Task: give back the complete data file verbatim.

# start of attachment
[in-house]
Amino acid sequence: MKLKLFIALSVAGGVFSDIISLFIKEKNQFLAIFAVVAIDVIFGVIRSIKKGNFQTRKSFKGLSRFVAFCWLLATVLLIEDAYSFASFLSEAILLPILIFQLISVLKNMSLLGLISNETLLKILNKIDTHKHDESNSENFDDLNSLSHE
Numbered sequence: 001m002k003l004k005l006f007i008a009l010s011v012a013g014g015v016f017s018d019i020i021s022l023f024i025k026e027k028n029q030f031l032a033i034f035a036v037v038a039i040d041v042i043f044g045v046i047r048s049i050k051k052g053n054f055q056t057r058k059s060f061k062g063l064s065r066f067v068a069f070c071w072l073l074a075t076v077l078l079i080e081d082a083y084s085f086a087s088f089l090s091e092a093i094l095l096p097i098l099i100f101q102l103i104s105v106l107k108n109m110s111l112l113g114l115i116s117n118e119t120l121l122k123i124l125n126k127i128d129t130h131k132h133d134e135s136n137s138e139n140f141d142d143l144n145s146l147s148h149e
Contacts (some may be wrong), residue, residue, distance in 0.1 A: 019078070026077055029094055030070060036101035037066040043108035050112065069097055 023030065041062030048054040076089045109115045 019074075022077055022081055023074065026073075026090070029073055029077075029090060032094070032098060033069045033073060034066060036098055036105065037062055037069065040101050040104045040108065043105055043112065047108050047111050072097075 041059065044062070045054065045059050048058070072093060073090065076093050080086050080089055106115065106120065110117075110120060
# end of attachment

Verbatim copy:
[in-house]
Amino acid sequence: MKLKLFIALSVAGGVFSDIISLFIKEKNQFLAIFAVVAIDVIFGVIRSIKKGNFQTRKSFKGLSRFVAFCWLLATVLLIEDAYSFASFLSEAILLPILIFQLISVLKNMSLLGLISNETLLKILNKIDTHKHDESNSENFDDLNSLSHE
Numbered sequence: 001m002k003l004k005l006f007i008a009l010s011v012a013g014g015v016f017s018d019i020i021s022l023f024i025k026e027k028n029q030f031l032a033i034f035a036v037v038a039i040d041v042i043f044g045v046i047r048s049i050k051k052g053n054f055q056t057r058k059s060f061k062g063l064s065r066f067v068a069f070c071w072l073l074a075t076v077l078l079i080e081d082a083y084s085f086a087s088f089l090s091e092a093i094l095l096p097i098l099i100f101q102l103i104s105v106l107k108n109m110s111l112l113g114l115i116s117n118e119t120l121l122k123i124l125n126k127i128d129t130h131k132h133d134e135s136n137s138e139n140f141d142d143l144n145s146l147s148h149e
Contacts (some may be wrong), residue, residue, distance in 0.1 A: 019078070026077055029094055030070060036101035037066040043108035050112065069097055 023030065041062030048054040076089045109115045 019074075022077055022081055023074065026073075026090070029073055029077075029090060032094070032098060033069045033073060034066060036098055036105065037062055037069065040101050040104045040108065043105055043112065047108050047111050072097075 041059065044062070045054065045059050048058070072093060073090065076093050080086050080089055106115065106120065110117075110120060